For he sought an opportunity in the Philistines.
And at that time the Philistines ruled over Israel. פ
If before the Christian testimony "reigned", but now no longer. The Roman Church is again in power, for it says: "At that time the Philistines reigned over Israel". The Philistines stand for the descendants of the Greeks, and those in turn for Rome. Samson does not go to Timnath alone, but with (God) Father and the Holy Spirit (maternal aspect of God). The young lion who roars towards him in the vineyards are the opponents. These are Satan, the Antichrist and the false prophet. All three are torn apart. But what does torn mean?
The Hebrew word is שסע (sha-ssah') Strong No. H3426 and can be translated with:
- split, separate, tear apart;
- (figuratively) reprimand, blame, reproach.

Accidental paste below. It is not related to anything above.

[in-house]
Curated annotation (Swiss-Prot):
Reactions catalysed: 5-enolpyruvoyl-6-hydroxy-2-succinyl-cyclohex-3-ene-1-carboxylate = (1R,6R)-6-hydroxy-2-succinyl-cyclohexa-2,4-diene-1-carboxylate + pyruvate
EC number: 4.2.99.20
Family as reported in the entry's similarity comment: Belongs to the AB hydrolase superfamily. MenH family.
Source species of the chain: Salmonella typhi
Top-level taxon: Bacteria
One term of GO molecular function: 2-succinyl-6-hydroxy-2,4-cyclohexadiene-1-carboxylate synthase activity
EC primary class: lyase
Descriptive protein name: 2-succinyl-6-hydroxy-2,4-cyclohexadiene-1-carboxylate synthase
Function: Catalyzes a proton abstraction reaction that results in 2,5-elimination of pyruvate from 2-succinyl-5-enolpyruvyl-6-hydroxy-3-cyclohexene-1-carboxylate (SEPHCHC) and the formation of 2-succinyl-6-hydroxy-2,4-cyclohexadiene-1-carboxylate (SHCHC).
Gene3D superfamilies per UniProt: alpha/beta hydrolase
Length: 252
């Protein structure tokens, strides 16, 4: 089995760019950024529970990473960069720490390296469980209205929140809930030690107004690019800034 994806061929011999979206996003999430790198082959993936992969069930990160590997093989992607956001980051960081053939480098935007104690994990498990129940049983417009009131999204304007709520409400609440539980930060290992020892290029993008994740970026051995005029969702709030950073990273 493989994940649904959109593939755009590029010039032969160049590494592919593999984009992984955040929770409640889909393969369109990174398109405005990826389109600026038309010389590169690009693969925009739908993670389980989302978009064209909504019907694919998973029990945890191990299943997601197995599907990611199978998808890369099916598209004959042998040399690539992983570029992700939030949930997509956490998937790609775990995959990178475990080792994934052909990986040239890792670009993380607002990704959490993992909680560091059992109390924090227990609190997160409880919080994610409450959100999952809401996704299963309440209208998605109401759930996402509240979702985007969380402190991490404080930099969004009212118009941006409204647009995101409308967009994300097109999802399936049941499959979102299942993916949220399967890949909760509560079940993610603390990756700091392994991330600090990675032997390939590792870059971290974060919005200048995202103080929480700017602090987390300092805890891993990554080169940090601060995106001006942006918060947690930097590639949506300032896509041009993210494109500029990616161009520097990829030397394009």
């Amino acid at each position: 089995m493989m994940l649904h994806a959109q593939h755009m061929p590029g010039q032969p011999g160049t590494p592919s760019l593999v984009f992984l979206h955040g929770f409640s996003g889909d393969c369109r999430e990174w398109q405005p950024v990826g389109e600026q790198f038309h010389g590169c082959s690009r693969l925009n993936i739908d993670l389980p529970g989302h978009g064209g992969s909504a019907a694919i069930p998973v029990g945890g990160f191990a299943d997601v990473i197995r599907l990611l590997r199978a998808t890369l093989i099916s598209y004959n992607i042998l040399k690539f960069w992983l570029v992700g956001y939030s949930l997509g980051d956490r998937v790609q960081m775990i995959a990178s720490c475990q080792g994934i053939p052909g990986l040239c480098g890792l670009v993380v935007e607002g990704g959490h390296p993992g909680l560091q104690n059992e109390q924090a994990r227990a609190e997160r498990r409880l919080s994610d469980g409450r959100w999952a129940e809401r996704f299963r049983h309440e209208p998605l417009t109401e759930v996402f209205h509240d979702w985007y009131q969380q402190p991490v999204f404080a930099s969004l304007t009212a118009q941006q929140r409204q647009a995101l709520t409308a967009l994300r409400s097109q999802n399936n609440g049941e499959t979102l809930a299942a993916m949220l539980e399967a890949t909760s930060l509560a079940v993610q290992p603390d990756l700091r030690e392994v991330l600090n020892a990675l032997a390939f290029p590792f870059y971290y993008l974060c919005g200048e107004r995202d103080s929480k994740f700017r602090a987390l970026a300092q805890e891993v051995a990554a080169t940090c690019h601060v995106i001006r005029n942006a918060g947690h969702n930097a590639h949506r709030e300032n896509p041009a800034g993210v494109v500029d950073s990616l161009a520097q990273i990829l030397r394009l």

The word torn indicates separation. And because the word also describes the split hooves, such as in sheep and cattle, the Messiah declares the faithful left behind sincere and just, for from now on it becomes visible to all. And because the Messiah makes the difference between the righteous and the godless, it can be seen by all men.
separates the faithful and seals them, Malachi 3:18; with that the unity religion is gone;
rebukes and blames Satan: "The Lord rebukes you." Zechariah 3:2;
At the same time it is expressed that Satan can no longer enter heaven, this becomes clear in Genesis 1:17, for there the tearing down of the wings is expressed with the word shassah. Now the unclean bird can no longer fly into heaven.
With the temporal meaning of the number 14, the two times seven stations that had to be completed on the post-route of Asia Minor will then lie behind us. (See: Structure of the Bible)
With the temporal meaning of the number 14 the third temple will then also be completed, that is the hut itself, the holy and the holy of holies. This becomes clear through the materials from Genesis 23, which we have assigned to the 14 letters of Paul. The last stone was then inserted by the Lord. What has yet to be completed is the forecourt. This is represented by the faithful who are left behind. The nations will crush the forecourt, but the Lord will restore it in the resurrection.